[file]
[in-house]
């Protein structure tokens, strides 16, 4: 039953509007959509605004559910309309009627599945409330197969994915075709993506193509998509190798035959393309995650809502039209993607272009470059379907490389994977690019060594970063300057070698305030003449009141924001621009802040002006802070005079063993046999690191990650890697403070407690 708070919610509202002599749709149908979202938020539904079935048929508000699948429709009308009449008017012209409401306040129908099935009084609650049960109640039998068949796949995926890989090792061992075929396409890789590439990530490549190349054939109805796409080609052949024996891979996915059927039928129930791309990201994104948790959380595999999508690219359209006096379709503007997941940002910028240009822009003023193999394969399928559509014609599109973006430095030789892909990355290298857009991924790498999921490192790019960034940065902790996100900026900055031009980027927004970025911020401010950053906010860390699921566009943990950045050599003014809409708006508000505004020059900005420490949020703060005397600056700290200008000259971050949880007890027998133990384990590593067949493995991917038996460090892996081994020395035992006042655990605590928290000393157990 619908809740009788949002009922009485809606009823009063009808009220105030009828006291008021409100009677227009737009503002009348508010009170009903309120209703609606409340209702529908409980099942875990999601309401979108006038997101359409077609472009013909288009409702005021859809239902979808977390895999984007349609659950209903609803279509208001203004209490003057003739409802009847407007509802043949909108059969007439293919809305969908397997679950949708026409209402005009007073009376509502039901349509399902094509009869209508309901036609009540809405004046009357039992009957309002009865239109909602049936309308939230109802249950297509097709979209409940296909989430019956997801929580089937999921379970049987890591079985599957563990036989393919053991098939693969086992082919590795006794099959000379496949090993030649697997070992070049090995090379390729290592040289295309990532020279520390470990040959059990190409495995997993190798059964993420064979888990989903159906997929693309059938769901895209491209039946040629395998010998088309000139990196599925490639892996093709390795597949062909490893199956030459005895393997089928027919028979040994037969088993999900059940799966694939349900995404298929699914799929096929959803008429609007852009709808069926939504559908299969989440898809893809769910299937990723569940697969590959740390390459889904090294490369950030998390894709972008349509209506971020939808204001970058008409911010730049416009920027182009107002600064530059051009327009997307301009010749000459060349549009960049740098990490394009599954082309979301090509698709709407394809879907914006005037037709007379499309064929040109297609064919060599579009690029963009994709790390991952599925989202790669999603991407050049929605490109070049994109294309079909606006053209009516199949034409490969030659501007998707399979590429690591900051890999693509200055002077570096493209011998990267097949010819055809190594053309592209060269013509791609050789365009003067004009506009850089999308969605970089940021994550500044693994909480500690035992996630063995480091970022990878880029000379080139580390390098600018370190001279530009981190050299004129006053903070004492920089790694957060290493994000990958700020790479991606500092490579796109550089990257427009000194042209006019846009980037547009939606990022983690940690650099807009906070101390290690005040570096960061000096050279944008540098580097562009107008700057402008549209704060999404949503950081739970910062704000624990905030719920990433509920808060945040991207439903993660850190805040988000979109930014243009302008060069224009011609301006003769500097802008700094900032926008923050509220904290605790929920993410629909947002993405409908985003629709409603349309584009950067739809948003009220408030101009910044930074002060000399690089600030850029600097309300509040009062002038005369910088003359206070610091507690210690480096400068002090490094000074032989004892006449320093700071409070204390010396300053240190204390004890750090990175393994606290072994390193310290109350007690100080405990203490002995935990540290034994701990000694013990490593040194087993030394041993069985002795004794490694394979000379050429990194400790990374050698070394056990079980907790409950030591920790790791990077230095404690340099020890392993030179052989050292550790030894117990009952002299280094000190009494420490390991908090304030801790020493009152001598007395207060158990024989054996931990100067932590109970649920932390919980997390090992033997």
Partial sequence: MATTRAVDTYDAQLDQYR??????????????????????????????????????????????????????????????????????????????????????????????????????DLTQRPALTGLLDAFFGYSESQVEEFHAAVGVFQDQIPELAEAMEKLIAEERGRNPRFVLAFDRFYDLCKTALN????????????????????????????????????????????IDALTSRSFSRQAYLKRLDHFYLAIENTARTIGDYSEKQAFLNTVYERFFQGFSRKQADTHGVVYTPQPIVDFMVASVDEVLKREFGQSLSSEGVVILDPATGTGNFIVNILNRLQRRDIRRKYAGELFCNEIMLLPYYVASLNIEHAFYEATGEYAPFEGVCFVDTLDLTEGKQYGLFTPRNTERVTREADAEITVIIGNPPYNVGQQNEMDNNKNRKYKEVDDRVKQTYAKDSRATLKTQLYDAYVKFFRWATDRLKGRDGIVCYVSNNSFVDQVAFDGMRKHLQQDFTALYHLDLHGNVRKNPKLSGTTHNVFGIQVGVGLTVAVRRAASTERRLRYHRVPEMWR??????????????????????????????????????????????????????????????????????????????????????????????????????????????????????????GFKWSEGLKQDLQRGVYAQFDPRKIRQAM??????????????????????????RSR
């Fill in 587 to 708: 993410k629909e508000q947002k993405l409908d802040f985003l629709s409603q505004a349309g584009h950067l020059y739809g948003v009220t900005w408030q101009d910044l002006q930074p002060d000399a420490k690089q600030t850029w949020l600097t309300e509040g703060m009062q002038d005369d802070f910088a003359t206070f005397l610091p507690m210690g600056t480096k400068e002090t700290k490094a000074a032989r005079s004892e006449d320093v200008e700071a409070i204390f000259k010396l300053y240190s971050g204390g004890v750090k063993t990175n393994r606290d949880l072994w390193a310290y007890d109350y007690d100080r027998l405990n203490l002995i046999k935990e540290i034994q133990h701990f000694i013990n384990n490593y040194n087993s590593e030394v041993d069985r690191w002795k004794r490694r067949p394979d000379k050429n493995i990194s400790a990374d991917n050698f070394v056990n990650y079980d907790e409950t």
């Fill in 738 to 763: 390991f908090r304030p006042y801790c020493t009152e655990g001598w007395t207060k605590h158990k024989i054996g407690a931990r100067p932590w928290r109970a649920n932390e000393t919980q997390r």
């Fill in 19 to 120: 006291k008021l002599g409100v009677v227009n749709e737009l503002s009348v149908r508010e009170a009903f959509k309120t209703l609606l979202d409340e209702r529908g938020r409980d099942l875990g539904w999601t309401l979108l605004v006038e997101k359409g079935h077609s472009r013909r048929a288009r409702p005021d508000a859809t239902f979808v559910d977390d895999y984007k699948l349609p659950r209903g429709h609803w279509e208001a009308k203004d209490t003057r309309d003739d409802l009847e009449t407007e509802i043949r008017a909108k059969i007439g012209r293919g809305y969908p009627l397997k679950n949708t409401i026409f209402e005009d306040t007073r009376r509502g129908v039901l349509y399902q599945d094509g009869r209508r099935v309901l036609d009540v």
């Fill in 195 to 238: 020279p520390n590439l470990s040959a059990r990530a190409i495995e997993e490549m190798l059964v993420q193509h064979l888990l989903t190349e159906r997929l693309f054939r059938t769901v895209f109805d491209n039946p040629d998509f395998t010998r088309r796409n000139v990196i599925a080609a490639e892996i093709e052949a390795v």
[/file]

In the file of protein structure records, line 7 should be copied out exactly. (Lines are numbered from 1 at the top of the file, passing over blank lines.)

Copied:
């Fill in 195 to 238: 020279p520390n590439l470990s040959a059990r990530a190409i495995e997993e490549m190798l059964v993420q193509h064979l888990l989903t190349e159906r997929l693309f054939r059938t769901v895209f109805d491209n039946p040629d998509f395998t010998r088309r796409n000139v990196i599925a080609a490639e892996i093709e052949a390795v």